Visit a Native dance ceremony, and once the cameras come out, we are no longer engaged in the moment. In Frank Buffalo Hyde’s painting Four Dancers, a traditional buffalo dance is seen from the point of view of the spectator. Multiple hands holding cellphones obscure the view. The tech-driven world, the world of the small screen, plays a part in I-Witness Culture, a solo exhibition of Buffalo Hyde’s recent work on exhibit at the Museum of Indian Arts & Culture. “A lot of the paintings in the show are about how we experience our reality through a digital filter now,” the artist told Pasatiempo. “It’s almost desensitizing us in the sense that something’s not real unless we’ve posted it on social media.”
Drawing on images from advertising, movies, television, popular music, and politics, Buffalo Hyde’s compositions are a commentary on contemporary society, consumerism, and the contradictory aspects of images, which can be used as a means to deceive or as a means of documenting. “When I speak at different events I tell people that social media is a very useful tool but you have to be cautious, because it’s also a way of controlling people and getting out disinformation,” he said. “As with any sort of advancement in technology, it’s a double-edged sword. It’s all about how you use it and disseminate the information you get from it.”
I-Witness Culture features 14 of Buffalo Hyde’s paintings and three of his sculptures. All were made specifically for the exhibition, which is divided into three sections: Paranormal: The Truth Is Out There; Selfie SKNDNS; and In-Appropriate. Paranormal concerns myths of the American Indian, challenging the notion of indigenous peoples as remnants of the past. “At one of my first museum shows here in Santa Fe, I equated Native Americans with Bigfoot, because we had obtained that mythological status,” he said. “When we were growing up and people found out you were Native American, they would be surprised because they thought all Native Americans were gone. They absolutely didn’t think there were any east of the Mississippi. They wanted to take a picture of you. They wanted to touch your hair, asked if you lived in teepees, and all that stuff. So it’s an examination of the ridiculousness of that.”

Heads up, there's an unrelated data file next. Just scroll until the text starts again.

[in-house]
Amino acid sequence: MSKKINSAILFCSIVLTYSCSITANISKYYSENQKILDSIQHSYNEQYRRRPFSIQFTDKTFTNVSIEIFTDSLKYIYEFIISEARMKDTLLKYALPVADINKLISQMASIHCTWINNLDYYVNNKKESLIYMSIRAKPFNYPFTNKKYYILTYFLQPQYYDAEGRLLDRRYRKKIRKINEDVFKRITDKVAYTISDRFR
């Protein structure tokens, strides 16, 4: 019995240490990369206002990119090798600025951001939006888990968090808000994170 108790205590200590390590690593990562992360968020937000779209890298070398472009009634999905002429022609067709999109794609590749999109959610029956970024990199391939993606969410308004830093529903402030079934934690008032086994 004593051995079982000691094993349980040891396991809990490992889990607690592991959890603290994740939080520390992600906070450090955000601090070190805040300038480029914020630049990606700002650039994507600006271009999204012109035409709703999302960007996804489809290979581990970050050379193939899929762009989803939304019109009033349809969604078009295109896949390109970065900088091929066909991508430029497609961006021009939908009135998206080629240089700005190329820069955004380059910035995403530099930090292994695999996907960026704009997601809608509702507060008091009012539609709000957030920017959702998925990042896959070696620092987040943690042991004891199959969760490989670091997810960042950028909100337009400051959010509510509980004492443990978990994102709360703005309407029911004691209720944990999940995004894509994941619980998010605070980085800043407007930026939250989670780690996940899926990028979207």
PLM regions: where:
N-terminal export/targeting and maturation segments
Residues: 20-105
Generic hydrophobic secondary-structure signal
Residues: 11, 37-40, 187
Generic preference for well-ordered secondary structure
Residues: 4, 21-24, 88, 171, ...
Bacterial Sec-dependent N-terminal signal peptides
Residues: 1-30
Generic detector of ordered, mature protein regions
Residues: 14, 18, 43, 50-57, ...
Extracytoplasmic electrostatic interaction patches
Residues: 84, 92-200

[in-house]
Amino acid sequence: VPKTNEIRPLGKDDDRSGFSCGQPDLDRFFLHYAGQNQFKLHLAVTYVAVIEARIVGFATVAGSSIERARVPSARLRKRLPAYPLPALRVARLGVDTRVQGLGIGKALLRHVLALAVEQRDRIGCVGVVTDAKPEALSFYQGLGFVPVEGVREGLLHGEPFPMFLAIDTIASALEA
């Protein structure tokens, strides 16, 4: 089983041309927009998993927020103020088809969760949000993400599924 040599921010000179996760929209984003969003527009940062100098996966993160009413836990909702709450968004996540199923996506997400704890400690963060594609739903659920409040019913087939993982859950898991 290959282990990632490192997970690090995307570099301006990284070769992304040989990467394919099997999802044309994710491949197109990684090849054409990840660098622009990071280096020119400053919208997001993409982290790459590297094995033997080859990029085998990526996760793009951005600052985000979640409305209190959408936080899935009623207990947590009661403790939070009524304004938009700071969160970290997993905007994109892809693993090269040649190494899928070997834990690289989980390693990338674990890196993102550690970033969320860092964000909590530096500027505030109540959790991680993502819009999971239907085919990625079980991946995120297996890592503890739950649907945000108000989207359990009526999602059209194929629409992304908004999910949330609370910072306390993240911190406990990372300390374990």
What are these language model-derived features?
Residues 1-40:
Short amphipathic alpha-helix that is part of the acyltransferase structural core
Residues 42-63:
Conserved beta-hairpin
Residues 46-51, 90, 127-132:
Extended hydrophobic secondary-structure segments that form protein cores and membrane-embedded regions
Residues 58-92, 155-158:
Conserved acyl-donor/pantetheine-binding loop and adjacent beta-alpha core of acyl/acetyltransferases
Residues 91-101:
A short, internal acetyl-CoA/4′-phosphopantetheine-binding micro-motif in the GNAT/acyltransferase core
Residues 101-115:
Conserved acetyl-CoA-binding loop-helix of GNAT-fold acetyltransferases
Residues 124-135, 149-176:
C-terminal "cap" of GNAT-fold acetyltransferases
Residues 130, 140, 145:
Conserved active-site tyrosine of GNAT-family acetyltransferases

Selfie SKNDNS reclaims the word “Indian” and the derogatory term “skins.” The paintings developed from a previous exhibition called SKNDNS: Native Americans on Film, in which Buffalo Hyde examined the role of the Native in cinema as depicted by Native and non-Native actors. Selfie SKNDNS uses the terminology of social media to explore civil-rights violations and discrimination in the age of technology. “In my mind the cellphone technology is a way for people to document protest,” Buffalo Hyde said. “If you look at Standing Rock, if they hadn’t been broadcasting their own news, nobody would have known about it.” The Standing Rock Sioux Reservation in the Dakotas has been the site of ongoing clashes between police and activists who oppose the construction of the Dakota Access Pipeline because of the risk of water contamination from the project. “It’s a good thing people were there documenting the police actions, the violence, and the violation of civil rights,” the artist said. “It goes back to the way you use a tool. It’s a way to keep people honest, but nowadays so many people are doing it that we’ve become desensitized.” His painting They Shoot Chiefs Don’t They underscores this point. It features a handheld tablet whose screen depicts the moment of John F. Kennedy’s assassination. The image of a political icon’s demise is at odds with the festive colored dots and strips that adorn the painting: pink, blue, purple, green, yellow, and red. A contemporary equivalent might include a video of a black man killed during a routine traffic stop, perhaps, or a video of a hate crime in progress viewed from the safety of home, with all the comforts a home affords. “It takes more and more to shock people into action beyond just clicking ‘Like,’ ” Buffalo Hyde said.
In-Appropriate delves into the appropriation of Native themes in popular culture and tackles the antiquated, romanticized view of the noble, magical Indian, a persistent stereotype. The notion of the Native as a footnote to history, a people whose time has come and gone, is a theme that ties all aspects of the show together, and this image remains a viable commodity in art. “It’s very commercial and very salable as long as it’s the noble, romantic image of the Indian who’s one with the earth,” Buffalo Hyde said. “That’s one of the reasons I started making art. The art that I saw being reproduced was not showing true contemporary Native existence. We’re involved in all areas of society, at all levels. We’re thriving, and at no point in history have we had more educated Native Americans in each field. There’s a level of awareness and organization that’s going on that hasn’t existed before. It’s an interesting time, because we still have all of this oppression coexisting with the intelligent and informed Native American of the 21st century.” ◀